As he spiraled further into a pill addiction, Anthony Curcio did have one great thing going for him – he had a family. After college, he married his high school sweetheart, Emily. She was a cheerleader, and he was a football player, but their lives were anything but storybook. Anthony attempted going to rehab on a handful of occasions for her, their children, and his parents, but he could not hold onto his sobriety for long.
His First Business
With a college education in-hand, Anthony put his non-football skills to work and set up a business called Tony’s Gaming. The company bought and sold gaming merchandise and casino tables. Only a few months after opening for business, the Washington State Gambling Commission and local police shut the company down and confiscated all of its inventory. Curcio did not have the right permits to keep the company open. Again, he dove back into pills for comfort.
Living A Double Life
Anthony moved on to another venture. This time it proved lucrative. He started a property company in Seattle and began flipping real estate. In no time, Anthony started buying him and his family fancy homes on the waterfront and expensive sports cars. “On the outside, here I was, this confident person when we moved into this nice, brand new house. I have this beautiful wife. Got into real estate, everything’s great, on the outside. But on the inside I had no control,” he said.
Hard Times For Everyone
By 2008, Anthony’s life still seemed great. His business was booming even if he was sporting a $15,000 a month substance addiction. Of course, 2008 was a terrible year for real estate as the housing bubble burst, the market crashed, and millions lost trillions of dollars. Curcio found himself with a portfolio of homes on the brink of foreclosure in addition to his personal debts. With few assets or cash in the bank, Curcio came up with a crazy plan.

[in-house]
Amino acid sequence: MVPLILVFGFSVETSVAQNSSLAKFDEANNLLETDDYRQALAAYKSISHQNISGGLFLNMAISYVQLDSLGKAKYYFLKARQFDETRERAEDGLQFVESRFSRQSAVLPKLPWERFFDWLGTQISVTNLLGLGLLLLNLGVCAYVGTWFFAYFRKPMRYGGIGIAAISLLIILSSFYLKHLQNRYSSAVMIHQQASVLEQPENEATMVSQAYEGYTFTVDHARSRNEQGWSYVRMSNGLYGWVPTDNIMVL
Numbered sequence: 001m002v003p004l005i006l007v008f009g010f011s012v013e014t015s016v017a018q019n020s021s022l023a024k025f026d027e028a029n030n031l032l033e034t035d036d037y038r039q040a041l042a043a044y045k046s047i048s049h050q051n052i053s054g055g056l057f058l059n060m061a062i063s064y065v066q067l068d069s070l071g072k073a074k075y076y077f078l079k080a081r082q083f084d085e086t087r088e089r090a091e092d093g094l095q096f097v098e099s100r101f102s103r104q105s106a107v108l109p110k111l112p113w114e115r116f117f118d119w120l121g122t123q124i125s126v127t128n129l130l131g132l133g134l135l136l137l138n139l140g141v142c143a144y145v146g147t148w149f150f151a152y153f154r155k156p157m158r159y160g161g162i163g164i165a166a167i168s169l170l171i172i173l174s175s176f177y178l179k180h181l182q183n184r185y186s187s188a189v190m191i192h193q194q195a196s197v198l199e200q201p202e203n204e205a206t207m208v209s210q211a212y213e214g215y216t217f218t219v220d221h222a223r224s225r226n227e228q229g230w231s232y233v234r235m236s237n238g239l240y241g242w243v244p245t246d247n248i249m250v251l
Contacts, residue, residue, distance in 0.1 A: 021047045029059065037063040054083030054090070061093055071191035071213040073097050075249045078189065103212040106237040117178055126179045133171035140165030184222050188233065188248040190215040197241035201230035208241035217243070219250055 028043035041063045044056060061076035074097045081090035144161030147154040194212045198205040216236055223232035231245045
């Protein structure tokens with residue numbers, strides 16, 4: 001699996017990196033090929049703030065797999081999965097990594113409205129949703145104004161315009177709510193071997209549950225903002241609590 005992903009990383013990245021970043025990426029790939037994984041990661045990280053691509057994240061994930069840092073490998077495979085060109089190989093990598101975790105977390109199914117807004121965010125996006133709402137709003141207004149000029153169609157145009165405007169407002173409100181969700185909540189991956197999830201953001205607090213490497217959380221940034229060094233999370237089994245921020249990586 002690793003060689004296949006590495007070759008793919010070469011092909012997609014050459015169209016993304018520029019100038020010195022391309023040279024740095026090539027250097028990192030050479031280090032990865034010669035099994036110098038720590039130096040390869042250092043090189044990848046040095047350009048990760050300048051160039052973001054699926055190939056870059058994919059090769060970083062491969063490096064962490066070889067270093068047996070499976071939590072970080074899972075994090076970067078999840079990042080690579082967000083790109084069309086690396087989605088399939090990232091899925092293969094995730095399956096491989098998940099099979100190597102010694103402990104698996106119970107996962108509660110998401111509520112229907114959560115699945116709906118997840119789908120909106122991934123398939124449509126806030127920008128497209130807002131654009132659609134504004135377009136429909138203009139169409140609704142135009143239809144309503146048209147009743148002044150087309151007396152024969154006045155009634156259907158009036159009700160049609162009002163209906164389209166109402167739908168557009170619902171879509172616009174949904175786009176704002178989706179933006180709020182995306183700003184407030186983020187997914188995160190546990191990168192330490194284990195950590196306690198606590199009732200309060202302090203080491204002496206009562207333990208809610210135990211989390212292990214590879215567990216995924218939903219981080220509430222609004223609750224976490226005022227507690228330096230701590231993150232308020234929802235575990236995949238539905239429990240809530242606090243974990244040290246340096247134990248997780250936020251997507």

Hatching The Heist
One day while sitting in a Jack in the Box restaurant in his hometown of Monroe, Curcio watched a Brinks armored truck drop off cash at a Bank of America across the street. Desperate to get himself back on his feet and support his nasty habit, he decided to rob the truck. Over the next three and a half months, he carefully studied the money drop off operation: when it was delivered, how many people in a truck, etc.
Planning His Escape
Robbing a bank truck might seem directly from Michael Mann’s crime thriller Heat, but Anthony had no interest in a Hollywood-style shootout. Instead, he meticulously plotted his escape. In place of hopping in a car and speeding away, Anthony stashed a rubber tube on the nearby Woods Creek, which leads to the Skykomish River. From there he would pull himself down river to his getaway car with a pulley system. He thought about using a jet ski, but his practice attempt failed.
The Distracting Ruse
Anthony still needed to make his exit without being seen. A few days before his planned robbery day, Curcio put a fake job advertisement on Craigslist for a landscape job. He said that the job paid $28.50 an hour, but workers must come to the meeting point in a yellow safety vest, jeans, blue shirt, work shoes, a mask, and goggles. All he had to do was blend in with the crowd following the heist.
On September 30th, 2008, Curcio put his plan into action. While the Bank of America parking lot began to fill with his Craigslist applicants in identical outfits, Anthony weaved his way towards the Brinks truck. He pulled out a can of pepper spray and assaulted the driver as he pushed a dolly with the cash. Curcio then grabbed two bags of cash with over $400,000 as the driver released the dolly to tend to the pain in his eyes and headed for the creek.
A Riverside Getaway